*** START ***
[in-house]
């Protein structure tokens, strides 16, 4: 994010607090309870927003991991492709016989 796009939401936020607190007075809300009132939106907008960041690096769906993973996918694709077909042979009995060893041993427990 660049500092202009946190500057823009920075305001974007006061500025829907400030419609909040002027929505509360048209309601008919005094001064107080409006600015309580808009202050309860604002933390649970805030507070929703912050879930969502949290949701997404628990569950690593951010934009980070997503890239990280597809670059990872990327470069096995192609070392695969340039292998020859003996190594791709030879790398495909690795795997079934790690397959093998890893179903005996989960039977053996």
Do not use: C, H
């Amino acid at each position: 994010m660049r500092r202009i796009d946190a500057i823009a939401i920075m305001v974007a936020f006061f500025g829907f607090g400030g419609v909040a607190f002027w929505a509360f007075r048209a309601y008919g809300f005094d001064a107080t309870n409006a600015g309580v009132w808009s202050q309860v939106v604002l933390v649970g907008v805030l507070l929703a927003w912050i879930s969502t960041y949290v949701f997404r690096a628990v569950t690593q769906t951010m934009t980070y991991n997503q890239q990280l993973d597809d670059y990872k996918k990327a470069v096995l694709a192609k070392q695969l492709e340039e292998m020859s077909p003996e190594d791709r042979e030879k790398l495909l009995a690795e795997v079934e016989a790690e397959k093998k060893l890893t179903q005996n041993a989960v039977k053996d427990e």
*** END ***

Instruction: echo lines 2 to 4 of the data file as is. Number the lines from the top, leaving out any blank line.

């Protein structure tokens, strides 16, 4: 994010607090309870927003991991492709016989 796009939401936020607190007075809300009132939106907008960041690096769906993973996918694709077909042979009995060893041993427990 660049500092202009946190500057823009920075305001974007006061500025829907400030419609909040002027929505509360048209309601008919005094001064107080409006600015309580808009202050309860604002933390649970805030507070929703912050879930969502949290949701997404628990569950690593951010934009980070997503890239990280597809670059990872990327470069096995192609070392695969340039292998020859003996190594791709030879790398495909690795795997079934790690397959093998890893179903005996989960039977053996």
Do not use: C, H
């Amino acid at each position: 994010m660049r500092r202009i796009d946190a500057i823009a939401i920075m305001v974007a936020f006061f500025g829907f607090g400030g419609v909040a607190f002027w929505a509360f007075r048209a309601y008919g809300f005094d001064a107080t309870n409006a600015g309580v009132w808009s202050q309860v939106v604002l933390v649970g907008v805030l507070l929703a927003w912050i879930s969502t960041y949290v949701f997404r690096a628990v569950t690593q769906t951010m934009t980070y991991n997503q890239q990280l993973d597809d670059y990872k996918k990327a470069v096995l694709a192609k070392q695969l492709e340039e292998m020859s077909p003996e190594d791709r042979e030879k790398l495909l009995a690795e795997v079934e016989a790690e397959k093998k060893l890893t179903q005996n041993a989960v039977k053996d427990e």